I do have to say that ‘Minions’ does prove yet another win this year for Universal Studios, who may be having their best year ever at the theater. Also, for Illumination Entertainment, it continues their good start to delivering animated fare as I will admit that the film does look good.

In the end, Stilt-Bob was not enough for me to fully fall in love with ‘Minions’. The film does its job of selling merchandise and toys to kids, while also giving us a throwaway bone at the end. I won’t mention what happens at the ending, but the ending at least gives us hope that there won’t be a sequel, albeit a small hope.

As always, for all this and more, feel free to follow me on Twitter at @kymayer, and also take some time to read older reviews of other films. Cheers.

Oliver &Company


One of my main goals as a person who watches films is to own all of the “canonical” Disney animated films. Well, this past week we came across ‘Oliver & Company’ on Blu-ray for ten dollars which meant that it was an immediate purchase for our upcoming Saturday night family movie time.

I need to lead with this, ‘Oliver & Company’ falls into the trap of many Disney animated films from the early-to-mid 1980’s, which is universally known as one of the two “lesser” points in their animation history. As a result of this, it is entirely geared towards children, and never has that been more evident than when we watched the film last Saturday.

Our two oldest boys were laughing and tapping their feet to the music, while myself and my fiancee were both very resigned to the fact that the film was not for us. The music is not up to par with future efforts from Disney during their “renaissance” era that would shortly follow ‘Oliver & Company’, and the jokes were not two-tiered, for both children and adults, which has become a staple of animated features from all companies in this day and age.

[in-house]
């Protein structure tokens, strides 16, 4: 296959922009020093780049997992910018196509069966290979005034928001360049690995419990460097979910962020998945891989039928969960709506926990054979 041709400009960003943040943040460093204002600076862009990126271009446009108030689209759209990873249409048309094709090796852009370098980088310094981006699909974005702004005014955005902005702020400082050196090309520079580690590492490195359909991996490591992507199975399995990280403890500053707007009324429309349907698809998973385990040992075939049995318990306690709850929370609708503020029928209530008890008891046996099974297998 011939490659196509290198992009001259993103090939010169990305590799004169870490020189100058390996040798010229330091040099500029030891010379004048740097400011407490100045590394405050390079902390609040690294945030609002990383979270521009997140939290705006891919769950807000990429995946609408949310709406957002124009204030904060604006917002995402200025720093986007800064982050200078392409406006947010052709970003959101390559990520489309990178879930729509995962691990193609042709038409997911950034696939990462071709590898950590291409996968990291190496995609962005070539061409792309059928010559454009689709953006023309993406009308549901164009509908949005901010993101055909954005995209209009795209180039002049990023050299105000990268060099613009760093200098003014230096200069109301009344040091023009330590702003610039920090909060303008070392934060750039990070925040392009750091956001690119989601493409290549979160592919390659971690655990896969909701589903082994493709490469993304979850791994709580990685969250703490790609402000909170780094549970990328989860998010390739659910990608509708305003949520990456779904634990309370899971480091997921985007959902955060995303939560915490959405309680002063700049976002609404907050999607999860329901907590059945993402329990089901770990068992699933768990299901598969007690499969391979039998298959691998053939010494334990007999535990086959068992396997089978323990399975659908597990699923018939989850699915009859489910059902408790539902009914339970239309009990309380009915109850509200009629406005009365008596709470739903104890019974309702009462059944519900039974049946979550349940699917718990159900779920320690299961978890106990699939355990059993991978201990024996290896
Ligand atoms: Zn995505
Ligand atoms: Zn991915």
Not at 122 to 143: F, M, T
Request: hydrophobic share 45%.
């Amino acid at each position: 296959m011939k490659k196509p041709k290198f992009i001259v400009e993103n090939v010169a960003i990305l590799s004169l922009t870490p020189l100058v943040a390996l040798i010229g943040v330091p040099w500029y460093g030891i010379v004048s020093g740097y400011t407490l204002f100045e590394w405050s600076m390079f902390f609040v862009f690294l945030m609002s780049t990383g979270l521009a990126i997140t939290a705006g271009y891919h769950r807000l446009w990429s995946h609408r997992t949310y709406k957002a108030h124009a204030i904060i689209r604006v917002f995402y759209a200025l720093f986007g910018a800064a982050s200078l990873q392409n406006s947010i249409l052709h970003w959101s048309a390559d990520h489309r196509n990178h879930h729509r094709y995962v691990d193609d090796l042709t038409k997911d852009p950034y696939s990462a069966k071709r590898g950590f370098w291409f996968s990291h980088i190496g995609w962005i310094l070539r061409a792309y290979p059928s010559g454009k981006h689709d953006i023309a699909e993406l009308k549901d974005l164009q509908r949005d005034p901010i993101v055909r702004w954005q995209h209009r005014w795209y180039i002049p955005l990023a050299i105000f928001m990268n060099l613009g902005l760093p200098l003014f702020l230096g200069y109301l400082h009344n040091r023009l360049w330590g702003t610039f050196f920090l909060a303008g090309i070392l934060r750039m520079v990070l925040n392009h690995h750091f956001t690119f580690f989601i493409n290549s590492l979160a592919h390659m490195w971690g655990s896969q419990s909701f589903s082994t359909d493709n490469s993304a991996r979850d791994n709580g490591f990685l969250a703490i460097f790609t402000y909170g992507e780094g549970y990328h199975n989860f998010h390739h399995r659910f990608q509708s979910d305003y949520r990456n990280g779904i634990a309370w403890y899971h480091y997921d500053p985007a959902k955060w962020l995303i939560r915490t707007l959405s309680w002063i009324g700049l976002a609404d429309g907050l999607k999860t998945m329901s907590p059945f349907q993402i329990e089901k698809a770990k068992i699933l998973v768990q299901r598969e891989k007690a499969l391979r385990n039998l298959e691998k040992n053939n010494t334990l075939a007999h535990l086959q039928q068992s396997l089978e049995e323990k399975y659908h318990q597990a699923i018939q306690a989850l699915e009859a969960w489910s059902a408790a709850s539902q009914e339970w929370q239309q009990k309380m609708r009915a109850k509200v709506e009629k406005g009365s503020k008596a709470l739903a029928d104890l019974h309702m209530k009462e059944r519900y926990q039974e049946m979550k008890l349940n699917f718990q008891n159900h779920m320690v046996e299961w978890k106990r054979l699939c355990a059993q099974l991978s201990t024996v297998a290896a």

While presenting what one would have hoped was an interesting take on the Charles Dickens “Oliver Twist” story, ‘Oliver & Company’ was just another failed effort from the old Disney Feature Animation department during the 1980’s.

As always, for all this and more, feel free to follow me on Twitter at @kymayer. Cheers.



I grew up on Paddington Bear stories. As a child of the 1980’s, this is perfectly normal, although I never quite realized why I love that bear so much. It wasn’t until I was much older that I began to realize I had a natural inclination to things British. I guess you could say that I identify as having been British in a former life.

It is with this in mind that I recently watched ‘Paddington’. Be it the title characters love of marmalade, his silly hat or his soon to be acquired jacket, this really felt like the realization of the Paddington that I grew up with.

From the very opening, ‘Paddington’ felt exactly as it should. Even with the slight alterations to the main character’s back story, this film solidly nailed the pure essence of the stories that have been told about not just Paddington Bear himself, but his adopted family of the Brown’s as well.

The overall tone of ‘Paddington’ was very British in all of its glory and as a result will go into our Saturday Evening Family Film night rotation, and that tells you just how much I enjoyed this film.

As always, for this and much, much more, feel free to follow me on Twitter at @kymayer. Cheers.